Police, Fire Station Rooftops to Hold Solar Electricity Generators

YERUSHALAYIM -
Heliostat mirrors reflect their surroundings in a field at the construction site of a 240 meter (787 feet) solar-power tower in Israel's southern Negev Desert, February 8, 2016. The world's tallest solar-power tower is being built off a highway in the Negev Desert in southern Israel, its backers hoping the technology will gain a foothold in the solar market even if it remains a small player for now. Picture taken February 8, 2016. REUTERS/Amir Cohen TPX IMAGES OF THE DAY
Heliostat mirrors reflect their surroundings in a field at the construction site of a 240-meter (787-foot) solar-power tower in Israel’s southern Negev Desert, Feb. 8 (Reuters/Amir Cohen)

The Public Security Ministry announced this week that it would begin a pilot program that would see photovoltaic plates placed on the rooftops of police stations and prisons to generate electricity. According to Public Security Minister Gilad Erdan, the project will provide “green energy that will save money for the taxpayer by reducing the cost of electricity for the Ministry.”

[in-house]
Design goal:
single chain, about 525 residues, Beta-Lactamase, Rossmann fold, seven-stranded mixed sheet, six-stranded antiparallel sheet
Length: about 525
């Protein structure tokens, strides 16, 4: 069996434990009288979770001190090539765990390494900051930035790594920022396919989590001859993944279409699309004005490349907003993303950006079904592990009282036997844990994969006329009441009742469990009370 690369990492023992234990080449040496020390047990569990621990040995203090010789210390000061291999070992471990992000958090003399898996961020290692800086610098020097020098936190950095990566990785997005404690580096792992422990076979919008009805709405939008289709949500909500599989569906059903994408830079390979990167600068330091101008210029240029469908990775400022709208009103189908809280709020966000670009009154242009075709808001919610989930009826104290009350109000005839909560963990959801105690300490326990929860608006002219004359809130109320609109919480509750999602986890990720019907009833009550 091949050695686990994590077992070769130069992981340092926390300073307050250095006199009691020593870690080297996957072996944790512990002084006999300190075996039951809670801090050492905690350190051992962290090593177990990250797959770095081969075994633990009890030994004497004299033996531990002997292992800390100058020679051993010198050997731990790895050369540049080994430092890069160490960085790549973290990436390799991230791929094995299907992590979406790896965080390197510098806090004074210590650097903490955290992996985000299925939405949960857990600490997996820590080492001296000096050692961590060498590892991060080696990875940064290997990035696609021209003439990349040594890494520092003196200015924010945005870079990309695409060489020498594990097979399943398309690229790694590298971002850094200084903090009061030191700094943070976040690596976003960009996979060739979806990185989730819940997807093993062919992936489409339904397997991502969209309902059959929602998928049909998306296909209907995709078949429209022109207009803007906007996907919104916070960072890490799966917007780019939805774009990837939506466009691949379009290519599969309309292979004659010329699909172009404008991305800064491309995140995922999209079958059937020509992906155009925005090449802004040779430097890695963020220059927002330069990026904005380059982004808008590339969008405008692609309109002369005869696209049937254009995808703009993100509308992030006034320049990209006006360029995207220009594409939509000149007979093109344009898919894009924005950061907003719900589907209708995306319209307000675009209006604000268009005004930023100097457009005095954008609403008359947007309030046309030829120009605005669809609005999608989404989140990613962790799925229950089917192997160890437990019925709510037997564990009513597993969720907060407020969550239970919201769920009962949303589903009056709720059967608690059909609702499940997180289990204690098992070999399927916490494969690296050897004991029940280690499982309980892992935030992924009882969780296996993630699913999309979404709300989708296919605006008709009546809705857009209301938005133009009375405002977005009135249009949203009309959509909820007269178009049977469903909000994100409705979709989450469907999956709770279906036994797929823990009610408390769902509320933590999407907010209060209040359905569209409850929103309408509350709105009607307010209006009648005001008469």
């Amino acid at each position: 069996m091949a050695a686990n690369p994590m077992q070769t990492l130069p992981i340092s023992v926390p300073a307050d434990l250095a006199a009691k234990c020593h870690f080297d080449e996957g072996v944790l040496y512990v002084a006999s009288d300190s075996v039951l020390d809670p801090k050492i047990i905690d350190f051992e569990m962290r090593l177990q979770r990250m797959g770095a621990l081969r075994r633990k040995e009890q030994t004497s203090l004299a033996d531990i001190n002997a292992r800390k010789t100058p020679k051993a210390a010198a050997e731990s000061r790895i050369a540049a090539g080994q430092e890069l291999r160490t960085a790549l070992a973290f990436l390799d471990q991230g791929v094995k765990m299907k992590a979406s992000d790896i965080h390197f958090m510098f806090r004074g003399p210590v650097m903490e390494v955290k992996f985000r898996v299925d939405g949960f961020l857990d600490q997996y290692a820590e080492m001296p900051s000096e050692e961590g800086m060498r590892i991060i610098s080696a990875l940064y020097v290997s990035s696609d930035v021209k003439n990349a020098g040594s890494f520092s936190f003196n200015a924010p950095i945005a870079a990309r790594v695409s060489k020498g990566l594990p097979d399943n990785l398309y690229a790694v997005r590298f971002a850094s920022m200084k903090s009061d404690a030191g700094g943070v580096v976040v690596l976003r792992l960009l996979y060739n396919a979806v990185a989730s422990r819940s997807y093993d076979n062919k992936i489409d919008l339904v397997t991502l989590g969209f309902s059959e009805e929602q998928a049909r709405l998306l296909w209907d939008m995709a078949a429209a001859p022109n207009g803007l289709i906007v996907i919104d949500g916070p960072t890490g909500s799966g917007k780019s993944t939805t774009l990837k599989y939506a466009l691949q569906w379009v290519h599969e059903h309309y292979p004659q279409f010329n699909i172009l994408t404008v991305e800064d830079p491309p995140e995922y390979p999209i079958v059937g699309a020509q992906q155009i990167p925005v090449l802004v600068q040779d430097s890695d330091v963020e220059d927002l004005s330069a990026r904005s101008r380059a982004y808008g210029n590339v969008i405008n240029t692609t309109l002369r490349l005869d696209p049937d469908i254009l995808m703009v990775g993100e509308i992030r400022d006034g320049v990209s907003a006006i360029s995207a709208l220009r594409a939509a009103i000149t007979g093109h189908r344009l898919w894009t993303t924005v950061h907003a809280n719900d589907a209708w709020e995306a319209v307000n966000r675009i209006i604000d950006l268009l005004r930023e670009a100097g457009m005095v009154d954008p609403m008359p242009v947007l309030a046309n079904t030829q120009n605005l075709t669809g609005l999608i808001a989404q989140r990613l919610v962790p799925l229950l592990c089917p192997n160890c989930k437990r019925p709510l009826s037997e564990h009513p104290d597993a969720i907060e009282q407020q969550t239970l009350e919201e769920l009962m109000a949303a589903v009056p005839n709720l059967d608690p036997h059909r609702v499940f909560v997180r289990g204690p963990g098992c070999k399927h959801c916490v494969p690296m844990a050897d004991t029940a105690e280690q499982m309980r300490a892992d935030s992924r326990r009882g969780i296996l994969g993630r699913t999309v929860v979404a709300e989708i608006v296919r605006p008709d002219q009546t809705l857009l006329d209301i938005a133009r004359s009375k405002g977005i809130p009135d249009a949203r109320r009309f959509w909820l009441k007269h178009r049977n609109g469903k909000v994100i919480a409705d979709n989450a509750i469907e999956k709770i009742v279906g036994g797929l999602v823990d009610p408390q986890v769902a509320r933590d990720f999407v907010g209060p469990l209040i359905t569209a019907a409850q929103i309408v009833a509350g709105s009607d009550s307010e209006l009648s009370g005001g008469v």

The project, which was dubbed “Blue Sky,” will include police stations, prisons, firehouses, and other buildings under Ministry jurisdiction. The objective is to supply each building with its own electricity, with the excess sold to the Israel Electric Company. In the pilot program, photovoltaic solar systems that can generate up to 750 kw of electricity will be installed on the rooftops of 15 police stations. After the initial investment is paid off – via the reduction in electricity costs – the Ministry will use the “profits” to expand the program.

Israel generally has sunny weather throughout the year, but the adoption of solar energy has been very spotty. According to electricity experts, the current amount of solar-generated electricity in Israel is some 6 percent of the total used in the country – a far cry from world leader Germany, where about 20 percent of the power supply comes from solar systems. The Israeli government has set a goal of producing 10 percent of the country’s electricity needs by 2020.